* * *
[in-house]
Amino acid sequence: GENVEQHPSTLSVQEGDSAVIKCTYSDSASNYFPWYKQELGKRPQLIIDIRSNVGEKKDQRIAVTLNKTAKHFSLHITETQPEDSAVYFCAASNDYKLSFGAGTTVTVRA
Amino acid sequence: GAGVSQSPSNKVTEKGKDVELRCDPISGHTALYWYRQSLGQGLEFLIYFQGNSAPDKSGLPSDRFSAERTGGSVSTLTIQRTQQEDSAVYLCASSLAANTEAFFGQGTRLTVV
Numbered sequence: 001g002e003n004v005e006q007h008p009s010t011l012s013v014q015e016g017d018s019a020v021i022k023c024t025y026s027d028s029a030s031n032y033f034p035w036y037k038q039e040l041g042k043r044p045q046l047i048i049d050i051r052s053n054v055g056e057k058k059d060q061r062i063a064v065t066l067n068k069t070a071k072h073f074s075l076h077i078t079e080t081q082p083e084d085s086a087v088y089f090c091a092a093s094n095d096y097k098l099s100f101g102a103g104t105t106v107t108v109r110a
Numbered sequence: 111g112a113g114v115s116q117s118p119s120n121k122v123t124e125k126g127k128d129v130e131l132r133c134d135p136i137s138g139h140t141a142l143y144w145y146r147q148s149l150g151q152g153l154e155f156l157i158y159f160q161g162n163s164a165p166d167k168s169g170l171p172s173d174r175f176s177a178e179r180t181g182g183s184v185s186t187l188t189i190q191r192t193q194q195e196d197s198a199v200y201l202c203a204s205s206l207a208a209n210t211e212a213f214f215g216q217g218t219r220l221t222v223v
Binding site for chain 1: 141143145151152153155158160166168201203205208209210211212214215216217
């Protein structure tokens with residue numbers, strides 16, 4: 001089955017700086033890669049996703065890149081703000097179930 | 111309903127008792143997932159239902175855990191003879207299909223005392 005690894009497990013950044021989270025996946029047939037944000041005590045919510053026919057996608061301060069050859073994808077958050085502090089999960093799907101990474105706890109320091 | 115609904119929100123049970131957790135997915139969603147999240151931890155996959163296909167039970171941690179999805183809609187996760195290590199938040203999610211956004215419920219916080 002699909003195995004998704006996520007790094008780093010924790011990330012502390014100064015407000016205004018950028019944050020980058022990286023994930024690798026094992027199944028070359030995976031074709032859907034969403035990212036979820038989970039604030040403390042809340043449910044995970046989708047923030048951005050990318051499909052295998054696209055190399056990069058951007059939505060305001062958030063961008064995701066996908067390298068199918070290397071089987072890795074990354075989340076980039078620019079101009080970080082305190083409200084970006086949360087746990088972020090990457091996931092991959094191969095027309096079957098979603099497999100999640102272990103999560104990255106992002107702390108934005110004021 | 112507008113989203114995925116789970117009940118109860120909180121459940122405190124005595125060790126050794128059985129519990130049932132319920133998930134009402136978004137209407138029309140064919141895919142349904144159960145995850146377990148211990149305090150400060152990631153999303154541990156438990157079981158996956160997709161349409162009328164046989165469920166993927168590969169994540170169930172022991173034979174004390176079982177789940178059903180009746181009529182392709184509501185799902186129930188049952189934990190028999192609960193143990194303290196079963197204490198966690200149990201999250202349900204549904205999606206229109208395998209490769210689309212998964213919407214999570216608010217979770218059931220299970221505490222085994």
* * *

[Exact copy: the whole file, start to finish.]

[in-house]
Amino acid sequence: GENVEQHPSTLSVQEGDSAVIKCTYSDSASNYFPWYKQELGKRPQLIIDIRSNVGEKKDQRIAVTLNKTAKHFSLHITETQPEDSAVYFCAASNDYKLSFGAGTTVTVRA
Amino acid sequence: GAGVSQSPSNKVTEKGKDVELRCDPISGHTALYWYRQSLGQGLEFLIYFQGNSAPDKSGLPSDRFSAERTGGSVSTLTIQRTQQEDSAVYLCASSLAANTEAFFGQGTRLTVV
Numbered sequence: 001g002e003n004v005e006q007h008p009s010t011l012s013v014q015e016g017d018s019a020v021i022k023c024t025y026s027d028s029a030s031n032y033f034p035w036y037k038q039e040l041g042k043r044p045q046l047i048i049d050i051r052s053n054v055g056e057k058k059d060q061r062i063a064v065t066l067n068k069t070a071k072h073f074s075l076h077i078t079e080t081q082p083e084d085s086a087v088y089f090c091a092a093s094n095d096y097k098l099s100f101g102a103g104t105t106v107t108v109r110a
Numbered sequence: 111g112a113g114v115s116q117s118p119s120n121k122v123t124e125k126g127k128d129v130e131l132r133c134d135p136i137s138g139h140t141a142l143y144w145y146r147q148s149l150g151q152g153l154e155f156l157i158y159f160q161g162n163s164a165p166d167k168s169g170l171p172s173d174r175f176s177a178e179r180t181g182g183s184v185s186t187l188t189i190q191r192t193q194q195e196d197s198a199v200y201l202c203a204s205s206l207a208a209n210t211e212a213f214f215g216q217g218t219r220l221t222v223v
Binding site for chain 1: 141143145151152153155158160166168201203205208209210211212214215216217
């Protein structure tokens with residue numbers, strides 16, 4: 001089955017700086033890669049996703065890149081703000097179930 | 111309903127008792143997932159239902175855990191003879207299909223005392 005690894009497990013950044021989270025996946029047939037944000041005590045919510053026919057996608061301060069050859073994808077958050085502090089999960093799907101990474105706890109320091 | 115609904119929100123049970131957790135997915139969603147999240151931890155996959163296909167039970171941690179999805183809609187996760195290590199938040203999610211956004215419920219916080 002699909003195995004998704006996520007790094008780093010924790011990330012502390014100064015407000016205004018950028019944050020980058022990286023994930024690798026094992027199944028070359030995976031074709032859907034969403035990212036979820038989970039604030040403390042809340043449910044995970046989708047923030048951005050990318051499909052295998054696209055190399056990069058951007059939505060305001062958030063961008064995701066996908067390298068199918070290397071089987072890795074990354075989340076980039078620019079101009080970080082305190083409200084970006086949360087746990088972020090990457091996931092991959094191969095027309096079957098979603099497999100999640102272990103999560104990255106992002107702390108934005110004021 | 112507008113989203114995925116789970117009940118109860120909180121459940122405190124005595125060790126050794128059985129519990130049932132319920133998930134009402136978004137209407138029309140064919141895919142349904144159960145995850146377990148211990149305090150400060152990631153999303154541990156438990157079981158996956160997709161349409162009328164046989165469920166993927168590969169994540170169930172022991173034979174004390176079982177789940178059903180009746181009529182392709184509501185799902186129930188049952189934990190028999192609960193143990194303290196079963197204490198966690200149990201999250202349900204549904205999606206229109208395998209490769210689309212998964213919407214999570216608010217979770218059931220299970221505490222085994």